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Collaboration Agreements: The Challenge of Reconciling the Interests and Rights of all the Parties Concerned

June 5, 2020

Author: Gunther Meyer.


In the context of innovation, businesses increasingly cooperate with third parties. This article will highlight some aspects and concerns related to collaboration agreements between businesses and knowledge-based institutions (in particular universities).

Innovation has become increasingly complex. As a result, the need to collaborate and exchange knowledge in the context of R&D activities has become all the more important. However, this is not only a matter between companies, but also – and above all – between companies and knowledge institutions (such as universities). In addition, in some cases, external funding is used to bridge the early stage of the costs associated with innovation.

The complexity of this type of collaboration makes good contractual arrangements imperative so that the parties involved understand and respect each other’s rights and interests.

For example, companies collaborating with Belgian universities must take into account the specific legal framework within which universities have to act when providing research or other services to companies.

One aspect of collaboration between companies and universities that is not widely understood is that universities are required to act in line with market conditions. This principle is not only enshrined in higher education legislation, but is also a result of (European) competition law and the European state aid rules.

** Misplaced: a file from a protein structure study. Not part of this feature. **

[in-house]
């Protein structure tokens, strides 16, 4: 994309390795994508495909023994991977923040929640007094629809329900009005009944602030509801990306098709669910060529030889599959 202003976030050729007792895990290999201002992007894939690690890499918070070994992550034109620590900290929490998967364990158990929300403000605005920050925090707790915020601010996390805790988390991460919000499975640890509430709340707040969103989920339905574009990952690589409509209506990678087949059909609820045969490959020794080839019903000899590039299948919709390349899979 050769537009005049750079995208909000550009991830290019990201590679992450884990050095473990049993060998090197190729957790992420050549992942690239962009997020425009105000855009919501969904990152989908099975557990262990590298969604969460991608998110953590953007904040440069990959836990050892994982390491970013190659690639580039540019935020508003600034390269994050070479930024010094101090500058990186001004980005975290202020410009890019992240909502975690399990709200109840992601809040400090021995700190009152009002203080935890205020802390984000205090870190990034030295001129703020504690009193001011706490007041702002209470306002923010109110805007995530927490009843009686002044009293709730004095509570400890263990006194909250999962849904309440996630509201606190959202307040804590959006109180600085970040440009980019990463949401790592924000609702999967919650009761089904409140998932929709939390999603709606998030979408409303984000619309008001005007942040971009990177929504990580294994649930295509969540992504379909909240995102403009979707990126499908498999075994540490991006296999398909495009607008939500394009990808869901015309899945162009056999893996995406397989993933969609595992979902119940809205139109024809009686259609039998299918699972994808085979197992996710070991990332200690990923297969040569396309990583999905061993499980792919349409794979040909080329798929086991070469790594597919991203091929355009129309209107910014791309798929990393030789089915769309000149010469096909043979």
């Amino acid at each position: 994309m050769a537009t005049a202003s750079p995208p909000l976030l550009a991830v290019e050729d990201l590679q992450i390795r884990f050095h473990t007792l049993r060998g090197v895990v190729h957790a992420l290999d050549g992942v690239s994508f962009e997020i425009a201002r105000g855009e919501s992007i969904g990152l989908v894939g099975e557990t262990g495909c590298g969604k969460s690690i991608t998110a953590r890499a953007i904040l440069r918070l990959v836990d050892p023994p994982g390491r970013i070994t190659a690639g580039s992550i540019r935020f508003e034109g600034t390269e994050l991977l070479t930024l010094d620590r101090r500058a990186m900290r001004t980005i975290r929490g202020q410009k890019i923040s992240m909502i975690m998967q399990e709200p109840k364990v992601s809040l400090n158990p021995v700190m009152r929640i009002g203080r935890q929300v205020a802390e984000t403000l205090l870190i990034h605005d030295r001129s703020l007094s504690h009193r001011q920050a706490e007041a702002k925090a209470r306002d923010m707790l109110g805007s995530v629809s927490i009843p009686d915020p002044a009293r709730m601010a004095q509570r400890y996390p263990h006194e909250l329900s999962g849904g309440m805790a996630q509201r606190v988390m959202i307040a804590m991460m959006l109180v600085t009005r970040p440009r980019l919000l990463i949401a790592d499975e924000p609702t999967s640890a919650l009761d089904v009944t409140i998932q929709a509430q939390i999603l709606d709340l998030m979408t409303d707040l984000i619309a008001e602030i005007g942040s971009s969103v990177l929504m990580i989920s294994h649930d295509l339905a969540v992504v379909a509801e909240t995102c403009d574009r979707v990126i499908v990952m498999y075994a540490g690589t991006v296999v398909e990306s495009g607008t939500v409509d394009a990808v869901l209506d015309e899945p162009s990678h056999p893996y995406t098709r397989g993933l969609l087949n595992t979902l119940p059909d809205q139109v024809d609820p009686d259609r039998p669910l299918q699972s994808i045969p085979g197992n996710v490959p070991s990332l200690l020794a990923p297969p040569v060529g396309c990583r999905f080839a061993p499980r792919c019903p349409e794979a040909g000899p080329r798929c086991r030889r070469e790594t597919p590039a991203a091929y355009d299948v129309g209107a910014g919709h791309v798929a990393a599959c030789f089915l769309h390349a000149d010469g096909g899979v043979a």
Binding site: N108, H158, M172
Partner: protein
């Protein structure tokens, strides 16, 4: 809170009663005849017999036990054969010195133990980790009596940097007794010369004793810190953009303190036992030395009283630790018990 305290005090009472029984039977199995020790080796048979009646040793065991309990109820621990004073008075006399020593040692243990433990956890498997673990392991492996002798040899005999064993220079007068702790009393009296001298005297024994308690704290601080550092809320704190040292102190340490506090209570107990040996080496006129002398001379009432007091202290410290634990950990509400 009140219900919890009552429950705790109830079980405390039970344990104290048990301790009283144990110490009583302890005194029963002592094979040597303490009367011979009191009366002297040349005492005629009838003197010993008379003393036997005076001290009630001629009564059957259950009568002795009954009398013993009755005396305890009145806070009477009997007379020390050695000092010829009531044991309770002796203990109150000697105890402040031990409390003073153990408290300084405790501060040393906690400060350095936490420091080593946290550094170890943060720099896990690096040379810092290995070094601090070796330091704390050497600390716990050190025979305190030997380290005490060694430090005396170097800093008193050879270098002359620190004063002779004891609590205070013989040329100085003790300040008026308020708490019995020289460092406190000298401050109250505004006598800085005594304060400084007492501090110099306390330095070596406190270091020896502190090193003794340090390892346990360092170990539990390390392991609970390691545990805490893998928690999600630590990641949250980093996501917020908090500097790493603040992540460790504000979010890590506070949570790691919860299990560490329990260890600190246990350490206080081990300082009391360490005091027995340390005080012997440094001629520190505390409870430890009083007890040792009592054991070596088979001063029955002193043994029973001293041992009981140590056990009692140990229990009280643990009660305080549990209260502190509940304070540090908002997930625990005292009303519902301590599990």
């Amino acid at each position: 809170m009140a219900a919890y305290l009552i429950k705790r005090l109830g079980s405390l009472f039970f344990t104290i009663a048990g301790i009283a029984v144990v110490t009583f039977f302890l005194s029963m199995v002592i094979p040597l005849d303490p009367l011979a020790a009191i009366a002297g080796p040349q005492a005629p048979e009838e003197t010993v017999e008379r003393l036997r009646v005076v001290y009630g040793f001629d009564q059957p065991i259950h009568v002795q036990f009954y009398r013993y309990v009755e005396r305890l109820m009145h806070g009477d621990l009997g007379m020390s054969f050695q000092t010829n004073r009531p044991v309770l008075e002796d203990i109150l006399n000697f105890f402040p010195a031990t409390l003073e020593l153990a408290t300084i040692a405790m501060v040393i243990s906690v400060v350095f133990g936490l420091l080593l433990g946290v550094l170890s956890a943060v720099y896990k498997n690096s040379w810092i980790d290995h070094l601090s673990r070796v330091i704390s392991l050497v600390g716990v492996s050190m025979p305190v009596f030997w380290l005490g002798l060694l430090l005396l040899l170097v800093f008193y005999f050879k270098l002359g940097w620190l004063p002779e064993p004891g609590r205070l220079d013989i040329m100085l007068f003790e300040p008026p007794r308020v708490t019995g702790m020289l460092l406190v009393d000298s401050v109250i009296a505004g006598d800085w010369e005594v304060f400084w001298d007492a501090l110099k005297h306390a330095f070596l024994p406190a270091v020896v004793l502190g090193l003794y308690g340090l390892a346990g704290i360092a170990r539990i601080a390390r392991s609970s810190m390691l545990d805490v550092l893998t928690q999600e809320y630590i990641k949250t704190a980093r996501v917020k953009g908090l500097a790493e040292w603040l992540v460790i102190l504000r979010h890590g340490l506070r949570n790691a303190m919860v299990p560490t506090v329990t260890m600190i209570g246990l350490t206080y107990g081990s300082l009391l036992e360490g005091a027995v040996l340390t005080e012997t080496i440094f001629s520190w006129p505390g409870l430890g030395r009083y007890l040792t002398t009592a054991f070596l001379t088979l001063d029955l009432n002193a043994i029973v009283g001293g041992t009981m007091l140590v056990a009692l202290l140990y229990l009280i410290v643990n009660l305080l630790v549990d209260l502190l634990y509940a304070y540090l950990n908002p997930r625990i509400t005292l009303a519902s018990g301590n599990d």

In addition, there is sometimes a misunderstanding among companies that research commissioned by universities in return for payment automatically involves the transfer to the company of the rights (including intellectual property rights) to the research results. In principle, the ownership rights to the research results are vested in the researchers, and the transfer of those rights always has to be negotiated. 

Furthermore, companies are not always aware of the universities’ right to publish research results and to further use them for research and teaching purposes. This publication right often conflicts with the expectations and wishes of companies that pay a university for specific research. In such cases, companies usually want the ownership of the rights to the research results to be fully vested in them and they do not want the university to be able to further use them without consent. This arrangement is certainly possible, but within certain limits. Balanced clauses that precisely define the conditions of further academic use and the publication are therefore crucial.

Another point for consideration regarding this type of collaboration concerns the definition and description of the background knowledge that each party brings to the collaboration. After all, it is the background knowledge of each of the parties that will form the basis of the research project and ultimately of the research results that will emerge from the project. A party may improve its own background knowledge through collaboration with another party or on the basis of that other party’s background knowledge. Similarly, that same party may improve the other party’s background knowledge within the framework of the collaboration. These aspects should also be agreed upon in the collaboration agreement. Finally, during the negotiation of the collaboration agreement the parties will have to consider whether the company should obtain rights to the background knowledge of the university, for the later exploitation of the research results. If this is required, a framework for this should already be laid down in the collaboration agreement.

The aspects described above are not only important for the parties involved in the collaboration, they will also be evaluated by any potential financiers in the context of a request to invest in a company at an early stage of the research.

This article was written on the occasion of the joint IBJ/IJE – Crowell & Moring Brussels webinar on Collaboration Agreements

Gunther Meyer
Senior Counsel – Brussels
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